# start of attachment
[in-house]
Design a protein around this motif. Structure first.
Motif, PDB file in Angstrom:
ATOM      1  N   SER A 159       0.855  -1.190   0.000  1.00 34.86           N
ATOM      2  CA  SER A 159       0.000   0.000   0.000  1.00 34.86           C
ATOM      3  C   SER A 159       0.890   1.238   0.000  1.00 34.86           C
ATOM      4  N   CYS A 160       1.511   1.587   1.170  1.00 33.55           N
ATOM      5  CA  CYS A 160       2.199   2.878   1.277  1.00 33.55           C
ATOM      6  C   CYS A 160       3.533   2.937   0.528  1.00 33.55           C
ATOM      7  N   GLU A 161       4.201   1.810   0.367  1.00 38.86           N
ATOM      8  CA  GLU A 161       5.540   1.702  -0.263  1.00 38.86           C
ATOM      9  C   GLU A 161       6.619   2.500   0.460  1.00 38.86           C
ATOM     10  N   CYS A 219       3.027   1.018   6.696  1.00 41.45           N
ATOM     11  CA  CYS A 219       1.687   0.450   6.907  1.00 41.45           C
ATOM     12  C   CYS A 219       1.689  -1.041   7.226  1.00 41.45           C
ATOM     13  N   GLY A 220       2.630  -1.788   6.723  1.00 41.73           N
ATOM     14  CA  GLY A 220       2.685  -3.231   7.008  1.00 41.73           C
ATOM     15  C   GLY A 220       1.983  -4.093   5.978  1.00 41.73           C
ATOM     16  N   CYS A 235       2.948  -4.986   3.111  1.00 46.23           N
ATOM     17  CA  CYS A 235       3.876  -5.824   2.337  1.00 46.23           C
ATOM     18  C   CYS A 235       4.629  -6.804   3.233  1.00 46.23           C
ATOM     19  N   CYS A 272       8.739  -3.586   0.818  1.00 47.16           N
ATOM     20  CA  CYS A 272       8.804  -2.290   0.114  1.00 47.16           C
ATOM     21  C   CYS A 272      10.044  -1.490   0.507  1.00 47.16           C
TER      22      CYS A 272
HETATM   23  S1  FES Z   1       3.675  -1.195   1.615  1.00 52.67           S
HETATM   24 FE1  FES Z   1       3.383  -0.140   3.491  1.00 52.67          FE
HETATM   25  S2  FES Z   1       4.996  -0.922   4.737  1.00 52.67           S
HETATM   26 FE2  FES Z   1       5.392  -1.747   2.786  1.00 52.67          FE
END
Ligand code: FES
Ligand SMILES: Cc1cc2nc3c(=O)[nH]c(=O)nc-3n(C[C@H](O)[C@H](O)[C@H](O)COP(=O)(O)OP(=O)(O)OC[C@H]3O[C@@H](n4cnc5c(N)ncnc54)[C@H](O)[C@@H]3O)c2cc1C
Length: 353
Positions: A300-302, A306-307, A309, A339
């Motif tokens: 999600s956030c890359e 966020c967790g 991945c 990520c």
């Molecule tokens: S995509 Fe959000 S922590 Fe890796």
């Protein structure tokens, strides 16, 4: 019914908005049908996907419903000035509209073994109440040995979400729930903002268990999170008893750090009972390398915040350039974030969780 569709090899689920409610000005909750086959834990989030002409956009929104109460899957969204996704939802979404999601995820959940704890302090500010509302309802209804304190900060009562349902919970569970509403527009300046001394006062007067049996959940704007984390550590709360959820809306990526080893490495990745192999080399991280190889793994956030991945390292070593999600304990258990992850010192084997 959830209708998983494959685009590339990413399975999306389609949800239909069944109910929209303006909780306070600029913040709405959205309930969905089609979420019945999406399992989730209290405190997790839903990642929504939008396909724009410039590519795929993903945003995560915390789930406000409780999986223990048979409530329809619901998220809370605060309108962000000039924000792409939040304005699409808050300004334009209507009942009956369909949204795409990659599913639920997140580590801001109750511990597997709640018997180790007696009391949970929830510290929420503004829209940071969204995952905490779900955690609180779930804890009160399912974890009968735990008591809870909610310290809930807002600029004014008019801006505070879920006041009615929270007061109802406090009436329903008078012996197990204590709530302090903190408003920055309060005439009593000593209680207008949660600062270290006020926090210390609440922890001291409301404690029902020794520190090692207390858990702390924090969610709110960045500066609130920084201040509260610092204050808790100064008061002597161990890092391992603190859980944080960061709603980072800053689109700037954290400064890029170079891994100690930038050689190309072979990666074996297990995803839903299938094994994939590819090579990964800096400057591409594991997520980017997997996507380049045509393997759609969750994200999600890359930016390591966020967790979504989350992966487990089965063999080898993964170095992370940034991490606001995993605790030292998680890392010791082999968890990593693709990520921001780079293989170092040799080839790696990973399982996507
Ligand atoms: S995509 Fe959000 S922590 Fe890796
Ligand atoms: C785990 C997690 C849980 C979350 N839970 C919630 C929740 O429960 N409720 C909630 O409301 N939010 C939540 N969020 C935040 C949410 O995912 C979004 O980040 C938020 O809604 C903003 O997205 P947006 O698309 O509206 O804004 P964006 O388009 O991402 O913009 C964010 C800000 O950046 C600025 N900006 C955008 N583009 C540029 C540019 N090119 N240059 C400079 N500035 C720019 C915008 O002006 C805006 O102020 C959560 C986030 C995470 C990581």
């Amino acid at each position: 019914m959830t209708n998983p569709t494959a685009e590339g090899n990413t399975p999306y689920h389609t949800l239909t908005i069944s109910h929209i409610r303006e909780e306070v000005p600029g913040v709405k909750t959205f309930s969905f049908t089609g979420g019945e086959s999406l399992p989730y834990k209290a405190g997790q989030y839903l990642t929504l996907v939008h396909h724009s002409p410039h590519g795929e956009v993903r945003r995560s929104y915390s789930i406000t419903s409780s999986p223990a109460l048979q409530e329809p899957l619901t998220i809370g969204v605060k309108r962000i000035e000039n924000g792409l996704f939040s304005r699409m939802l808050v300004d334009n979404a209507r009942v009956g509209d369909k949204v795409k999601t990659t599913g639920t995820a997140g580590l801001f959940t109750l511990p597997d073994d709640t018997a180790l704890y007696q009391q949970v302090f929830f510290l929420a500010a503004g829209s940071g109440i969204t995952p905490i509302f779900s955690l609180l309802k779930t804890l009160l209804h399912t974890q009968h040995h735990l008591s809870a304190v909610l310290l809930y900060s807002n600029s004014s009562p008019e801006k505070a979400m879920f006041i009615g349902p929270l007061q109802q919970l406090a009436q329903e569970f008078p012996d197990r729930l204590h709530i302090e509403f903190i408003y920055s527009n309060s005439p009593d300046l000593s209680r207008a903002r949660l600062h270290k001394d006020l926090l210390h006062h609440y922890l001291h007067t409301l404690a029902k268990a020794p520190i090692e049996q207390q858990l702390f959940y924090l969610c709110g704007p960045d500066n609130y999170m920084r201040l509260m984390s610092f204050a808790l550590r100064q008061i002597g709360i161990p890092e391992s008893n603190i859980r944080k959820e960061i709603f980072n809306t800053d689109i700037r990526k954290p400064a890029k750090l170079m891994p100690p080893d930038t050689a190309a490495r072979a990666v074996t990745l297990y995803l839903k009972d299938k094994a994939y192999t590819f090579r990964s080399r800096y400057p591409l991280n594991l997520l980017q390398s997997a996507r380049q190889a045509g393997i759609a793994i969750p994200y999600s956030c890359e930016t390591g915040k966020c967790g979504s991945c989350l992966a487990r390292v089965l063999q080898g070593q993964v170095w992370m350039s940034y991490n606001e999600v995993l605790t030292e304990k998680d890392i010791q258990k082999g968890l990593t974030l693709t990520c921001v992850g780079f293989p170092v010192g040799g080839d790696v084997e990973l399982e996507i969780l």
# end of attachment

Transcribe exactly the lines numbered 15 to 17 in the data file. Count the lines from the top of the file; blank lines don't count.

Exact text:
ATOM     12  C   CYS A 219       1.689  -1.041   7.226  1.00 41.45           C
ATOM     13  N   GLY A 220       2.630  -1.788   6.723  1.00 41.73           N
ATOM     14  CA  GLY A 220       2.685  -3.231   7.008  1.00 41.73           C